The Unfolding Hypocrisy of Sonoma County
Yes it’s ‘too soon.’ Firefighters are working overtime to put their lives on the line to stop these infernos, communities are rallying and scores of shelters are in full operation. Donations are pouring in, uplifting slogans are being printed on t-shirts, and everyone is on the lookout for ways to help. This is great. I am so pleased to see so many people dedicating time and energy to confronting this disaster. Really, I am. But this doesn't mean we can't see beyond the feel-good stories, beyond the self-congratulatory back-patting and high fives. There's too much hypocrisy floating around, too much willful ignorance. And at least right now, while the fires are still largely uncontained and the winds are rising, we can see it clearly. The evidence cannot be hidden, spun, skewed, kicked down the road, or denied. It is in front of us. Furthermore, it is depressing and ultimately telling that I feel ashamed to write this. This said, I can’t not see what I see.
While making a supply run yesterday I passed the 6th and Morgan intersection in downtown Santa Rosa. This is the intersection where 6th bends around the mall parking lot to the east and runs straight to Railroad Square to the west. Underneath the overpass were twenty-some homeless people, a sight that is not unusual by any means, and few were wearing masks. All were obviously outside and unprotected. Santa Rosa has an estimated 1,900 homeless people and just a couple months ago began moving forward with a plan to further criminalize homelessness.
While volunteering at the Guerneville shelter I noticed many of the people coming in and out were homeless from the area. They were getting food, an item of clothing or two, but few were staying in the shelter itself. Guerneville is currently fighting—yet again—an attempt to construct an actual homeless shelter. Thinking on these two items it is hard not to wonder how many of these people are veterans, in need of medical attention, have mental health needs, or are survivors of sexual assault: all people we claim to care about. How many had homes at some point? Are they so different than the evacuees?
A couple days ago I wondered about how many inmates are fighting these fires and I received my answer when a friend posted this article today. In it, we learn that around thirty percent of the brave firefighters are inmates (they receive two dollars a day and two dollars an hour while on fire lines). We also learn from a different article that around two hundred female inmates are fighting these fires on our behalf and are being paid a dollar an hour. During the revolutionary war slaves were forced to fight for, and often times in place of, slave owners. The quality of this analogy is disturbing. Are we so shallow that this comes down to a uniform? What is the difference between a slave and a slave in a military uniform? What is the difference between an inmate in a jumpsuit and one in a firefighter's uniform?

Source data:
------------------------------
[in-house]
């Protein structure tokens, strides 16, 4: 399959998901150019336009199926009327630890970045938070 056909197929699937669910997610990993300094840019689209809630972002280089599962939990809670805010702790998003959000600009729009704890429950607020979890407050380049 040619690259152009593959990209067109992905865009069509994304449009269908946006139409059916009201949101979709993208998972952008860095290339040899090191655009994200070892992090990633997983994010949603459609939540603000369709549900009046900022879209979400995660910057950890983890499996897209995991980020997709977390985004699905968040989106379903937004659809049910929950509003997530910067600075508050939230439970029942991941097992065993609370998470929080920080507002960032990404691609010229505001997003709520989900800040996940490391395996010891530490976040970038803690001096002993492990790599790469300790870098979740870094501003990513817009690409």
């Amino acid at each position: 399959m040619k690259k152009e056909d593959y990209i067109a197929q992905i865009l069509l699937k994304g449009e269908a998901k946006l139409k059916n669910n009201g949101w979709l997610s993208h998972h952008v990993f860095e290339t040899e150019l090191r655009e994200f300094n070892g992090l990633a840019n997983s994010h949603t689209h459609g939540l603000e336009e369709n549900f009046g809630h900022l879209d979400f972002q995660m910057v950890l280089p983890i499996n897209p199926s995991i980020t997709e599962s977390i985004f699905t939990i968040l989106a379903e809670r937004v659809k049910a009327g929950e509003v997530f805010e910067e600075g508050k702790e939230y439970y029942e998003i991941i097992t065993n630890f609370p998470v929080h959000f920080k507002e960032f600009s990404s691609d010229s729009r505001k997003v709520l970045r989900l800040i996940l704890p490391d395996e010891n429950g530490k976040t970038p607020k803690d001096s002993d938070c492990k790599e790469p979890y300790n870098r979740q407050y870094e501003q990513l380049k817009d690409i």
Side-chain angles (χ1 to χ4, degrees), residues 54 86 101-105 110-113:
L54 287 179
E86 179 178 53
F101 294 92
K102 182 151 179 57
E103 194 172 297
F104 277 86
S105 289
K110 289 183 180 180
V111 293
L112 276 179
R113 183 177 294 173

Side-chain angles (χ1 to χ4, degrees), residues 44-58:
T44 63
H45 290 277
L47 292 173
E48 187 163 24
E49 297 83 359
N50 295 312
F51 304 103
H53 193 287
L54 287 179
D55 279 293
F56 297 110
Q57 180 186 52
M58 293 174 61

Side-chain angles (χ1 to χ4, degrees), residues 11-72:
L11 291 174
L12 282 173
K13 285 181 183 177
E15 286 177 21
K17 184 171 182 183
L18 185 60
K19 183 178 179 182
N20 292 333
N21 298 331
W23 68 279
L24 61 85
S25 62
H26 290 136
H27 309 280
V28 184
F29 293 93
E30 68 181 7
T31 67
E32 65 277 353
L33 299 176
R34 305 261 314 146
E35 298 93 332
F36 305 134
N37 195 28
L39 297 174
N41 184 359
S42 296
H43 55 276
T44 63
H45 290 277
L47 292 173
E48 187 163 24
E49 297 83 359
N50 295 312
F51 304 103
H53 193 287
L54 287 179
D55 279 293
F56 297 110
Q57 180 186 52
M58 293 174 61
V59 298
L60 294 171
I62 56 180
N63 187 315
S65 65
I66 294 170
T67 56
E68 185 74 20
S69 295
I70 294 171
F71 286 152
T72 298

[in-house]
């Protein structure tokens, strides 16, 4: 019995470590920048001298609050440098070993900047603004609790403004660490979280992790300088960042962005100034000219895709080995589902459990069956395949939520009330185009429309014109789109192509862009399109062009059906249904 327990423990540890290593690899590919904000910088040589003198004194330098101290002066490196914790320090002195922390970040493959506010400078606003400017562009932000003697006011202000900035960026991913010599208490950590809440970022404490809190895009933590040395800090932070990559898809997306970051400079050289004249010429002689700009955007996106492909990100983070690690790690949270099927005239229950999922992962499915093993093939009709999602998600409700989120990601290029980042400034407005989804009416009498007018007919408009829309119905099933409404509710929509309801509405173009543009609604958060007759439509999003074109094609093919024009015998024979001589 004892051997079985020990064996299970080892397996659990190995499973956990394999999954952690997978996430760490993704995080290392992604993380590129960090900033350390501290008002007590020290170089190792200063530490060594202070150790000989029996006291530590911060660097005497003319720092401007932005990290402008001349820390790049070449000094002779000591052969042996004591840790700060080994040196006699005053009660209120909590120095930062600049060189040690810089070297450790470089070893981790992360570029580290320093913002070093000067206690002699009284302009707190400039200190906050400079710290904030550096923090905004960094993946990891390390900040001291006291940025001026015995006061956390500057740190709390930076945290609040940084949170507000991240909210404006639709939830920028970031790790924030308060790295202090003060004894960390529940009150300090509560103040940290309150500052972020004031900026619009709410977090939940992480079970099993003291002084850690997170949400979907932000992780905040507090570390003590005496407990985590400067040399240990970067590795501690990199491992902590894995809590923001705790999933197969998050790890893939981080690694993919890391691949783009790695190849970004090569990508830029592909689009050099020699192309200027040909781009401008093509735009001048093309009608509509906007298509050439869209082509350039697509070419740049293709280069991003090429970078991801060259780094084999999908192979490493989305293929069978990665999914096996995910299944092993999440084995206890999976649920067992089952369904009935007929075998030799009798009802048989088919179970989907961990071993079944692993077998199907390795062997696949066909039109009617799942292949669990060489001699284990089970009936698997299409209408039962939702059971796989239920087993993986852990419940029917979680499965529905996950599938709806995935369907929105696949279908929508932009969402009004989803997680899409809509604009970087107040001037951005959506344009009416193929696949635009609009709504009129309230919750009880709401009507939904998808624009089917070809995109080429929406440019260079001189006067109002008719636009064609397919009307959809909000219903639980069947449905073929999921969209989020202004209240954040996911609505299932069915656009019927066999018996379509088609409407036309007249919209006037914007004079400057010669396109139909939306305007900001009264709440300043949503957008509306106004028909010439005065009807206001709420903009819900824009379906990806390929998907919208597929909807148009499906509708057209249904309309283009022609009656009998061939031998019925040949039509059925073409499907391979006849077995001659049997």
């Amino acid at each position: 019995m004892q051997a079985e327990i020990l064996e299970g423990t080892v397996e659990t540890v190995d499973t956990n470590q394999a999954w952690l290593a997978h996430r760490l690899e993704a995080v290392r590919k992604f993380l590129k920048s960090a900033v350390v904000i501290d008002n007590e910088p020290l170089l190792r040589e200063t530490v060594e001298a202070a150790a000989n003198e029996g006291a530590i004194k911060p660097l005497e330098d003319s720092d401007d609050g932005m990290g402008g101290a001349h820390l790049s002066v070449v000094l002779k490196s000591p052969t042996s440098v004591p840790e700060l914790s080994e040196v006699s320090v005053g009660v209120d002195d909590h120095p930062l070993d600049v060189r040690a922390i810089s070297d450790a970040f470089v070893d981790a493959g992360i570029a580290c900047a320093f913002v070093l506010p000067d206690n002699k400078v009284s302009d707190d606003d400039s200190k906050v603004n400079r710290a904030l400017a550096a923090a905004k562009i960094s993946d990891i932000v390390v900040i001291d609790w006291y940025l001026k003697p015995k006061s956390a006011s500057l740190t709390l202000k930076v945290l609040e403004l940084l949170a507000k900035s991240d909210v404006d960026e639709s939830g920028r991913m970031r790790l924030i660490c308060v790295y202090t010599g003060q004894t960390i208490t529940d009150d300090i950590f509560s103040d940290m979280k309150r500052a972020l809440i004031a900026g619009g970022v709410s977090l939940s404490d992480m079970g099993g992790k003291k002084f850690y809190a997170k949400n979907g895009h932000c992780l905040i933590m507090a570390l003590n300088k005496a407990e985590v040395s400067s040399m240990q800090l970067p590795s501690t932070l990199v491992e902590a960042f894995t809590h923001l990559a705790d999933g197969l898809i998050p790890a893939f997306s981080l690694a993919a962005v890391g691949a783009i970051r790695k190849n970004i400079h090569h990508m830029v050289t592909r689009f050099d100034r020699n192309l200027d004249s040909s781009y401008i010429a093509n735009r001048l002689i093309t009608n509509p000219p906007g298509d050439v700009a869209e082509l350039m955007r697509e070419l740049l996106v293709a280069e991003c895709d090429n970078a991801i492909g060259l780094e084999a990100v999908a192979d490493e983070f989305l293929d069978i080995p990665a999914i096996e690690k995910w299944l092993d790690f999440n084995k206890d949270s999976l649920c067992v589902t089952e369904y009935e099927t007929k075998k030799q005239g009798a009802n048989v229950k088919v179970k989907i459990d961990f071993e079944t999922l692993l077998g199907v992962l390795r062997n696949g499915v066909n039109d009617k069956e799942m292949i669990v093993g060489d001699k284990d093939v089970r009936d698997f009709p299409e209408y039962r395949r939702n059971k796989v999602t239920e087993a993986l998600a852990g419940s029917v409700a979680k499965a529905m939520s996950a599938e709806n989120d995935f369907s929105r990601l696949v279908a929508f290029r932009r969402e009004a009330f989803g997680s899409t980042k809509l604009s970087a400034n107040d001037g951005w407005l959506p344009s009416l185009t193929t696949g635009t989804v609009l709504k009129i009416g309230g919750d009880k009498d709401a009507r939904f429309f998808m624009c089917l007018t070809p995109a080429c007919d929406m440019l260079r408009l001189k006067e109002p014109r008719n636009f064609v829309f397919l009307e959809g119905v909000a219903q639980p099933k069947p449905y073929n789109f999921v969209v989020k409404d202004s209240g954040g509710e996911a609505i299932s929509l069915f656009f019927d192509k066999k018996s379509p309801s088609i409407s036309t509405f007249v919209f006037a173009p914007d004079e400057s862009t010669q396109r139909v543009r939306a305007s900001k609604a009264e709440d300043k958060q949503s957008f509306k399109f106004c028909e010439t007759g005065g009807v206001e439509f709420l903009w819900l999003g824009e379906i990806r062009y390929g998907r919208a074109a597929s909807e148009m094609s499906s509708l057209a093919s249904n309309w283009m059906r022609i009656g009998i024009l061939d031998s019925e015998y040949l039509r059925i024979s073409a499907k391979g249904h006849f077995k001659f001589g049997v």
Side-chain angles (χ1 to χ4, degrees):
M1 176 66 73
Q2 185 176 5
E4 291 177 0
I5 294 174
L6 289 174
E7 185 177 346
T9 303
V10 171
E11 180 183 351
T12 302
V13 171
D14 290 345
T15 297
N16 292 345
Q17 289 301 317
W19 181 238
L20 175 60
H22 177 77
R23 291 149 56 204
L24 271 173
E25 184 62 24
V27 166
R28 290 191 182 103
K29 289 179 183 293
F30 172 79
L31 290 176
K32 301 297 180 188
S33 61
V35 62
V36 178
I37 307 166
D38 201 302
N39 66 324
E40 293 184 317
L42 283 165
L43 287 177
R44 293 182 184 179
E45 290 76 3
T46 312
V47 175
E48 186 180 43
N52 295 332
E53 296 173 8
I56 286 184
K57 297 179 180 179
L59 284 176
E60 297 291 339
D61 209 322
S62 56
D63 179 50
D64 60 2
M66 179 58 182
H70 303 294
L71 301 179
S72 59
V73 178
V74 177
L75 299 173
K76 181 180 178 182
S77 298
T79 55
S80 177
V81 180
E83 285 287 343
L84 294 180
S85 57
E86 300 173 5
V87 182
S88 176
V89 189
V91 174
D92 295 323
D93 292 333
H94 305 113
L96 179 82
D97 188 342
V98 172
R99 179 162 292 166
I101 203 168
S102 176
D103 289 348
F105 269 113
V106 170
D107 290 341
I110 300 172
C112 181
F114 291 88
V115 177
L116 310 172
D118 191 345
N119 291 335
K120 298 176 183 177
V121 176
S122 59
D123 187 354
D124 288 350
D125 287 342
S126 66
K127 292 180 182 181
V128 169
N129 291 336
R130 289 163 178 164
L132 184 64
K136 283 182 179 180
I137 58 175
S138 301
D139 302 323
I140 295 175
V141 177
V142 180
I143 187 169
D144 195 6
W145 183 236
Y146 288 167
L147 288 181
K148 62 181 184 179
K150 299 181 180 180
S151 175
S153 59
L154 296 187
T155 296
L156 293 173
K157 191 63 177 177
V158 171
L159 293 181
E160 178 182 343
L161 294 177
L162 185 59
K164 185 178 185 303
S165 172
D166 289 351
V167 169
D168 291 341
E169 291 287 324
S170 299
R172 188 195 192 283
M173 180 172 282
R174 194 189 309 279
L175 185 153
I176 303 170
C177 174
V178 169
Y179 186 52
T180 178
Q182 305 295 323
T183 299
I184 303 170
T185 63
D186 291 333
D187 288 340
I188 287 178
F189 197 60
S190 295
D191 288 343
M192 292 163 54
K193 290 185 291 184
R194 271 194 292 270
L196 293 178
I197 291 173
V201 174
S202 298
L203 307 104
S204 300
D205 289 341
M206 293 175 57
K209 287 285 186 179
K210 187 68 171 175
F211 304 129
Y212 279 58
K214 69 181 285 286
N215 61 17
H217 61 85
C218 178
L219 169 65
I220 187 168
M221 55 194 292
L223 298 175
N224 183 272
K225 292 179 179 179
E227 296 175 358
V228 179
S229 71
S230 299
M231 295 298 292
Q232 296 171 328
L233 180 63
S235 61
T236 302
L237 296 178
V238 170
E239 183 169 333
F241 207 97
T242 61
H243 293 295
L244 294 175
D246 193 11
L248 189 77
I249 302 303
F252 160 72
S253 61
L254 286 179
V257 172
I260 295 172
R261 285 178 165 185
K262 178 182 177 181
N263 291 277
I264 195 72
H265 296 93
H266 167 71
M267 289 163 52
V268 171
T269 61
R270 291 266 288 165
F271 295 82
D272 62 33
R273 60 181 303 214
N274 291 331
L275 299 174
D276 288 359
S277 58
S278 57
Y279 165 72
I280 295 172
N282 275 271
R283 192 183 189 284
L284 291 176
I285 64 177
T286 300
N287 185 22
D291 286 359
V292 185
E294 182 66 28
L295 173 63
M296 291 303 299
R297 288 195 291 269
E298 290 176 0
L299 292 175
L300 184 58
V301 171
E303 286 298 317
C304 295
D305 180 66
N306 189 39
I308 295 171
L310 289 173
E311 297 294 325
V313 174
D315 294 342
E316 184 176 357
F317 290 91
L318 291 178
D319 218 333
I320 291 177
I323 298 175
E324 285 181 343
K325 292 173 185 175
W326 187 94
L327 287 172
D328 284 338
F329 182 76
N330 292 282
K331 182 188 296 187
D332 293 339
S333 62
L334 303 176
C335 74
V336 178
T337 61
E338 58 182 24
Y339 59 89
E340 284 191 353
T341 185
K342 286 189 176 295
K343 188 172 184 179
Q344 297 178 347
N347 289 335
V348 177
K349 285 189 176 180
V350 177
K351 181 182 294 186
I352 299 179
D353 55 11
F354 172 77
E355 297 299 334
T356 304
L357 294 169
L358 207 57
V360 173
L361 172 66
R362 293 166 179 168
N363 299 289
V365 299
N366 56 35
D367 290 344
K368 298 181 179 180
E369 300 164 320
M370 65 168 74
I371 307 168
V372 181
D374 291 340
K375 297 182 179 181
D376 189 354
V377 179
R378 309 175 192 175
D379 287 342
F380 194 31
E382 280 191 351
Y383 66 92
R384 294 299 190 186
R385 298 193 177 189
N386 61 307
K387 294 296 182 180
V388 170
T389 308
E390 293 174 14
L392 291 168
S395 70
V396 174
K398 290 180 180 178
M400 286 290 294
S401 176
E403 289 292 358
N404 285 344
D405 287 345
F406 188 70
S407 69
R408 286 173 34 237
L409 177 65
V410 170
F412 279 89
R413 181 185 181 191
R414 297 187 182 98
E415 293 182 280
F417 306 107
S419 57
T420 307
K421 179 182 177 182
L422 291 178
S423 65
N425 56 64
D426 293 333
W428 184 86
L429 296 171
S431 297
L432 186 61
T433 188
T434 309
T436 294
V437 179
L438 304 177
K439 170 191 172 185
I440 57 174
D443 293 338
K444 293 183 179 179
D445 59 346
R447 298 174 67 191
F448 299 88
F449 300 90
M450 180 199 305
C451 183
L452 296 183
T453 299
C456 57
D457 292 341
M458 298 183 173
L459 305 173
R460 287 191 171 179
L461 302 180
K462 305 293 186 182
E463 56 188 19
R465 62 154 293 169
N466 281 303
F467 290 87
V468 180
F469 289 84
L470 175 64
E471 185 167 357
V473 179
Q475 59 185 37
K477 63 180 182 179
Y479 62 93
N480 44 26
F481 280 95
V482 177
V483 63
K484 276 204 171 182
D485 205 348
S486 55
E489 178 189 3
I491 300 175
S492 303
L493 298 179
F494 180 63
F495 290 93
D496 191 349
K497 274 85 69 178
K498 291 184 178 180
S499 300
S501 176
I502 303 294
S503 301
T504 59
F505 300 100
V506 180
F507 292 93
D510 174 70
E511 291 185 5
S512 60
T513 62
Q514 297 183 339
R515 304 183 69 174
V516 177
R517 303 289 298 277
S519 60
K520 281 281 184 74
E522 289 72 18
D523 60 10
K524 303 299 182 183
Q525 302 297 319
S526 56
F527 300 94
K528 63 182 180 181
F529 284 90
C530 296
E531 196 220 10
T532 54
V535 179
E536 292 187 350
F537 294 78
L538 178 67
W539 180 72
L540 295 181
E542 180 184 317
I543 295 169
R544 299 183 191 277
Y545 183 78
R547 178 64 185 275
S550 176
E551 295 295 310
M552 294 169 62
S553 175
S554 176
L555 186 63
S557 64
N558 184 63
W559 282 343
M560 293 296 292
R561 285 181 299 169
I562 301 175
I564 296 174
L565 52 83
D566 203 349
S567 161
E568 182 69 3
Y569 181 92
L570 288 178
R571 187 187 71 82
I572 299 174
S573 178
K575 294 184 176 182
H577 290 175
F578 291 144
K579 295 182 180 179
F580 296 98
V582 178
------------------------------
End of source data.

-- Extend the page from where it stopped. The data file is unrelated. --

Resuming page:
Yet these events aside, perhaps what pushed me to write this morning was when I read this article. What we learn here is that ICE has “suspended operations” in the disaster areas. They will only “pick someone up” if said person is a “serious criminal presenting a current public safety threat.” The irony of ICE being a public safety threat aside, the fact that it took five days for this to happen—and in a “sanctuary state” no less—is noteworthy. Likely thousands of non-citizens are working in vineyards and farms right now without adequate safety in this toxic air; many lost their residences in the fires. Yet here our government effectively says that a dead immigrant is the same as a deported one. Such a perspective is not new, it's been official US policy in regards to American Indians for centuries.
Speaking of American Indians, has there been any coverage on the status of reservations and the Indian population during these fires? California has the largest self-identified indigenous population at just under 700,000, and there exist around a hundred reservations in the state. How many are threatened or damaged by the fires? It's hard to say because there has been no coverage on this topic, yet we will jump at the opportunity to donate a generator to the Snoopy Ice Rink that was in 'danger' of melting. Is an ice skating rink more important than indigenous peoples? Sadly, it would seem so.
All told, I am disheartened by the fact that we will collectively bend over backwards to house, cloth, feed, shelter, and support thousands of people who had homes and lost them, while we scream and cry and dig our heels in refusing to address the fact that thousands of people don’t have homes. Why will we help people who had but not those who have not? What, exactly, is the difference between the two? The answer seems to be nothing other than judgement on our part. The truth is that people always need shelter but we collectively see and act upon this fact only in certain situations: those in which we feel morally comfortable. This is called hypocrisy.